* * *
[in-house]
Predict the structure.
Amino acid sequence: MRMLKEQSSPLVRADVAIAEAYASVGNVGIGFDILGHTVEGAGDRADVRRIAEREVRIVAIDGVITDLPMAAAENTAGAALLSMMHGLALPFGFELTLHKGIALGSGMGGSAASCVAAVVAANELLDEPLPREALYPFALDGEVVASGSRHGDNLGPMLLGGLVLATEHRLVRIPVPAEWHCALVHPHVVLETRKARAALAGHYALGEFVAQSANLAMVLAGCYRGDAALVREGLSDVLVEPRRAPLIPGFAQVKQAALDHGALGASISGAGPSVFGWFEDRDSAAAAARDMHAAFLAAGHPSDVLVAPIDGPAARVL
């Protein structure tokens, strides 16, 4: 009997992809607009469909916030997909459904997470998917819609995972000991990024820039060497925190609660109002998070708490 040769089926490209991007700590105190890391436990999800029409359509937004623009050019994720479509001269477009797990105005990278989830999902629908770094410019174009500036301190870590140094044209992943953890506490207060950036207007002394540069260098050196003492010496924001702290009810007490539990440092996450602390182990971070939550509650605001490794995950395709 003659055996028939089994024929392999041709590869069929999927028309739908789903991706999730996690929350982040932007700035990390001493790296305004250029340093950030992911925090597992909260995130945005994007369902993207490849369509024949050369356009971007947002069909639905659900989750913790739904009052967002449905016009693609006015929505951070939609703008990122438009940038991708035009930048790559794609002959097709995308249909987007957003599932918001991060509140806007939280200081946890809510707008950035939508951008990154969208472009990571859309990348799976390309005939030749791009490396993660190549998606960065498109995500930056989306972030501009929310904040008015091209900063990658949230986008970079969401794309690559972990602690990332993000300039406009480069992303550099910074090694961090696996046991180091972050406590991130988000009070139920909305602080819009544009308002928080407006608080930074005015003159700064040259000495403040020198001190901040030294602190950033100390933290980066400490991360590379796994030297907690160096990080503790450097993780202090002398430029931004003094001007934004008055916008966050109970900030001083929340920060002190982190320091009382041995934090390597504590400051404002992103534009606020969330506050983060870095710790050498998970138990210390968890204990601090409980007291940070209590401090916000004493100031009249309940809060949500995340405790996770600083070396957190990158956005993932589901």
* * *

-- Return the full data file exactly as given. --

[in-house]
Predict the structure.
Amino acid sequence: MRMLKEQSSPLVRADVAIAEAYASVGNVGIGFDILGHTVEGAGDRADVRRIAEREVRIVAIDGVITDLPMAAAENTAGAALLSMMHGLALPFGFELTLHKGIALGSGMGGSAASCVAAVVAANELLDEPLPREALYPFALDGEVVASGSRHGDNLGPMLLGGLVLATEHRLVRIPVPAEWHCALVHPHVVLETRKARAALAGHYALGEFVAQSANLAMVLAGCYRGDAALVREGLSDVLVEPRRAPLIPGFAQVKQAALDHGALGASISGAGPSVFGWFEDRDSAAAAARDMHAAFLAAGHPSDVLVAPIDGPAARVL
């Protein structure tokens, strides 16, 4: 009997992809607009469909916030997909459904997470998917819609995972000991990024820039060497925190609660109002998070708490 040769089926490209991007700590105190890391436990999800029409359509937004623009050019994720479509001269477009797990105005990278989830999902629908770094410019174009500036301190870590140094044209992943953890506490207060950036207007002394540069260098050196003492010496924001702290009810007490539990440092996450602390182990971070939550509650605001490794995950395709 003659055996028939089994024929392999041709590869069929999927028309739908789903991706999730996690929350982040932007700035990390001493790296305004250029340093950030992911925090597992909260995130945005994007369902993207490849369509024949050369356009971007947002069909639905659900989750913790739904009052967002449905016009693609006015929505951070939609703008990122438009940038991708035009930048790559794609002959097709995308249909987007957003599932918001991060509140806007939280200081946890809510707008950035939508951008990154969208472009990571859309990348799976390309005939030749791009490396993660190549998606960065498109995500930056989306972030501009929310904040008015091209900063990658949230986008970079969401794309690559972990602690990332993000300039406009480069992303550099910074090694961090696996046991180091972050406590991130988000009070139920909305602080819009544009308002928080407006608080930074005015003159700064040259000495403040020198001190901040030294602190950033100390933290980066400490991360590379796994030297907690160096990080503790450097993780202090002398430029931004003094001007934004008055916008966050109970900030001083929340920060002190982190320091009382041995934090390597504590400051404002992103534009606020969330506050983060870095710790050498998970138990210390968890204990601090409980007291940070209590401090916000004493100031009249309940809060949500995340405790996770600083070396957190990158956005993932589901």